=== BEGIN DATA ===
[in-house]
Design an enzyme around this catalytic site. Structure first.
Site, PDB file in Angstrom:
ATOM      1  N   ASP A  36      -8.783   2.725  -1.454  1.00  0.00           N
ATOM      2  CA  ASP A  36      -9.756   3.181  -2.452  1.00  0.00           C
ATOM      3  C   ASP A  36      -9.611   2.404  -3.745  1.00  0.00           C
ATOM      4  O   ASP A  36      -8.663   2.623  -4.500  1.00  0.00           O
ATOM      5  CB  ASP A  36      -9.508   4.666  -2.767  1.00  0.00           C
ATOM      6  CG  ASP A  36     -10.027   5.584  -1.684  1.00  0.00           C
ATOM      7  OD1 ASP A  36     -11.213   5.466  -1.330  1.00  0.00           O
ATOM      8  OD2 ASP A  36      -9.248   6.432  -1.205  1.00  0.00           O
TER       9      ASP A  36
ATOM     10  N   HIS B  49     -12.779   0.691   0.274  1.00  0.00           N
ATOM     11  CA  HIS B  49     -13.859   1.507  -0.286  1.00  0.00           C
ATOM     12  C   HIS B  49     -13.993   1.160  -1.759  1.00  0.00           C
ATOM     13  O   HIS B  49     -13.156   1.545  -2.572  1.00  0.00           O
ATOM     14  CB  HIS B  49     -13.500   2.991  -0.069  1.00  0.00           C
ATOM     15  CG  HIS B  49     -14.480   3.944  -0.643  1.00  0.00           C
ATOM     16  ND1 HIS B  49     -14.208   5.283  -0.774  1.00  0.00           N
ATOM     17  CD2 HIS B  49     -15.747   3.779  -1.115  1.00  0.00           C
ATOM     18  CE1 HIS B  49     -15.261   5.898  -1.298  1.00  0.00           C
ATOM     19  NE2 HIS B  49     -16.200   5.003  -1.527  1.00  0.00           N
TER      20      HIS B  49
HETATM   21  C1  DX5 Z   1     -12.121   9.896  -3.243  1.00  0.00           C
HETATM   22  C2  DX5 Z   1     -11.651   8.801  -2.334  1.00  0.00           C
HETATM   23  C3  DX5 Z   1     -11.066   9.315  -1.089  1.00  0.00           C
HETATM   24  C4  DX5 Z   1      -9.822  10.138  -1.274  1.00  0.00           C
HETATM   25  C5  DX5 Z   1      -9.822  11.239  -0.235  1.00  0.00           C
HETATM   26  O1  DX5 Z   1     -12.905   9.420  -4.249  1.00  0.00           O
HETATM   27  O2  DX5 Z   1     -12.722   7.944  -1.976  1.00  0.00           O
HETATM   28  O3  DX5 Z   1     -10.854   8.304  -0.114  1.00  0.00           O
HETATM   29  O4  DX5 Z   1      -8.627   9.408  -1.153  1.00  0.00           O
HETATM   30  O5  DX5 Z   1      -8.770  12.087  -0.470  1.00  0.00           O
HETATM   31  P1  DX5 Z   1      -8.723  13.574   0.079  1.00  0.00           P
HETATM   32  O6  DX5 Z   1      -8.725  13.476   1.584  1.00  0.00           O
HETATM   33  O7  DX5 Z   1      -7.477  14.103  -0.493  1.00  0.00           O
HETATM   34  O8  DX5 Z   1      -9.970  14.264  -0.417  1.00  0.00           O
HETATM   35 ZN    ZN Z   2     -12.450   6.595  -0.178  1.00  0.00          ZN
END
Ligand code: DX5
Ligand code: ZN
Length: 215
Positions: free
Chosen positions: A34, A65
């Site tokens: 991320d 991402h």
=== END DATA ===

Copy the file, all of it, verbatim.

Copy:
[in-house]
Design an enzyme around this catalytic site. Structure first.
Site, PDB file in Angstrom:
ATOM      1  N   ASP A  36      -8.783   2.725  -1.454  1.00  0.00           N
ATOM      2  CA  ASP A  36      -9.756   3.181  -2.452  1.00  0.00           C
ATOM      3  C   ASP A  36      -9.611   2.404  -3.745  1.00  0.00           C
ATOM      4  O   ASP A  36      -8.663   2.623  -4.500  1.00  0.00           O
ATOM      5  CB  ASP A  36      -9.508   4.666  -2.767  1.00  0.00           C
ATOM      6  CG  ASP A  36     -10.027   5.584  -1.684  1.00  0.00           C
ATOM      7  OD1 ASP A  36     -11.213   5.466  -1.330  1.00  0.00           O
ATOM      8  OD2 ASP A  36      -9.248   6.432  -1.205  1.00  0.00           O
TER       9      ASP A  36
ATOM     10  N   HIS B  49     -12.779   0.691   0.274  1.00  0.00           N
ATOM     11  CA  HIS B  49     -13.859   1.507  -0.286  1.00  0.00           C
ATOM     12  C   HIS B  49     -13.993   1.160  -1.759  1.00  0.00           C
ATOM     13  O   HIS B  49     -13.156   1.545  -2.572  1.00  0.00           O
ATOM     14  CB  HIS B  49     -13.500   2.991  -0.069  1.00  0.00           C
ATOM     15  CG  HIS B  49     -14.480   3.944  -0.643  1.00  0.00           C
ATOM     16  ND1 HIS B  49     -14.208   5.283  -0.774  1.00  0.00           N
ATOM     17  CD2 HIS B  49     -15.747   3.779  -1.115  1.00  0.00           C
ATOM     18  CE1 HIS B  49     -15.261   5.898  -1.298  1.00  0.00           C
ATOM     19  NE2 HIS B  49     -16.200   5.003  -1.527  1.00  0.00           N
TER      20      HIS B  49
HETATM   21  C1  DX5 Z   1     -12.121   9.896  -3.243  1.00  0.00           C
HETATM   22  C2  DX5 Z   1     -11.651   8.801  -2.334  1.00  0.00           C
HETATM   23  C3  DX5 Z   1     -11.066   9.315  -1.089  1.00  0.00           C
HETATM   24  C4  DX5 Z   1      -9.822  10.138  -1.274  1.00  0.00           C
HETATM   25  C5  DX5 Z   1      -9.822  11.239  -0.235  1.00  0.00           C
HETATM   26  O1  DX5 Z   1     -12.905   9.420  -4.249  1.00  0.00           O
HETATM   27  O2  DX5 Z   1     -12.722   7.944  -1.976  1.00  0.00           O
HETATM   28  O3  DX5 Z   1     -10.854   8.304  -0.114  1.00  0.00           O
HETATM   29  O4  DX5 Z   1      -8.627   9.408  -1.153  1.00  0.00           O
HETATM   30  O5  DX5 Z   1      -8.770  12.087  -0.470  1.00  0.00           O
HETATM   31  P1  DX5 Z   1      -8.723  13.574   0.079  1.00  0.00           P
HETATM   32  O6  DX5 Z   1      -8.725  13.476   1.584  1.00  0.00           O
HETATM   33  O7  DX5 Z   1      -7.477  14.103  -0.493  1.00  0.00           O
HETATM   34  O8  DX5 Z   1      -9.970  14.264  -0.417  1.00  0.00           O
HETATM   35 ZN    ZN Z   2     -12.450   6.595  -0.178  1.00  0.00          ZN
END
Ligand code: DX5
Ligand code: ZN
Length: 215
Positions: free
Chosen positions: A34, A65
């Site tokens: 991320d 991402h």